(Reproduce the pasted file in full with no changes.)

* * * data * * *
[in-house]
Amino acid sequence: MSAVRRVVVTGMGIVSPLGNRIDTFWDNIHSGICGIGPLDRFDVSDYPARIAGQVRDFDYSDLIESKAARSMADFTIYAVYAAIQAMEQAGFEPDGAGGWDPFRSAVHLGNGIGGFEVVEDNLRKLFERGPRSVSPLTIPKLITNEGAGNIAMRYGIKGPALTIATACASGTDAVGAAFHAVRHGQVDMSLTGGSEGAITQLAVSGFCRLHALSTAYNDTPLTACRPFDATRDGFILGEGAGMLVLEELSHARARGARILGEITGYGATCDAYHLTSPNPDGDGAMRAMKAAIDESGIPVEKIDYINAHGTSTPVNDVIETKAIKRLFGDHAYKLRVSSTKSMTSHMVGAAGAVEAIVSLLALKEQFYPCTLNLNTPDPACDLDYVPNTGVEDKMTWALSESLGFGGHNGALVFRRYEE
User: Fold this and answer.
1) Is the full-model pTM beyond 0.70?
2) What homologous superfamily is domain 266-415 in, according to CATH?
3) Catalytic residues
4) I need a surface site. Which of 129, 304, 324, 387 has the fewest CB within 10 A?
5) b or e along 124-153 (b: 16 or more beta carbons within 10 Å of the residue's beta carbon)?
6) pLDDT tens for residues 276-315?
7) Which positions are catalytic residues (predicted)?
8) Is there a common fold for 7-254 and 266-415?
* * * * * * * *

[in-house]
Amino acid sequence: MSAVRRVVVTGMGIVSPLGNRIDTFWDNIHSGICGIGPLDRFDVSDYPARIAGQVRDFDYSDLIESKAARSMADFTIYAVYAAIQAMEQAGFEPDGAGGWDPFRSAVHLGNGIGGFEVVEDNLRKLFERGPRSVSPLTIPKLITNEGAGNIAMRYGIKGPALTIATACASGTDAVGAAFHAVRHGQVDMSLTGGSEGAITQLAVSGFCRLHALSTAYNDTPLTACRPFDATRDGFILGEGAGMLVLEELSHARARGARILGEITGYGATCDAYHLTSPNPDGDGAMRAMKAAIDESGIPVEKIDYINAHGTSTPVNDVIETKAIKRLFGDHAYKLRVSSTKSMTSHMVGAAGAVEAIVSLLALKEQFYPCTLNLNTPDPACDLDYVPNTGVEDKMTWALSESLGFGGHNGALVFRRYEE
User: Fold this and answer.
1) Is the full-model pTM beyond 0.70?
2) What homologous superfamily is domain 266-415 in, according to CATH?
3) Catalytic residues
4) I need a surface site. Which of 129, 304, 324, 387 has the fewest CB within 10 A?
5) b or e along 124-153 (b: 16 or more beta carbons within 10 Å of the residue's beta carbon)?
6) pLDDT tens for residues 276-315?
7) Which positions are catalytic residues (predicted)?
8) Is there a common fold for 7-254 and 266-415?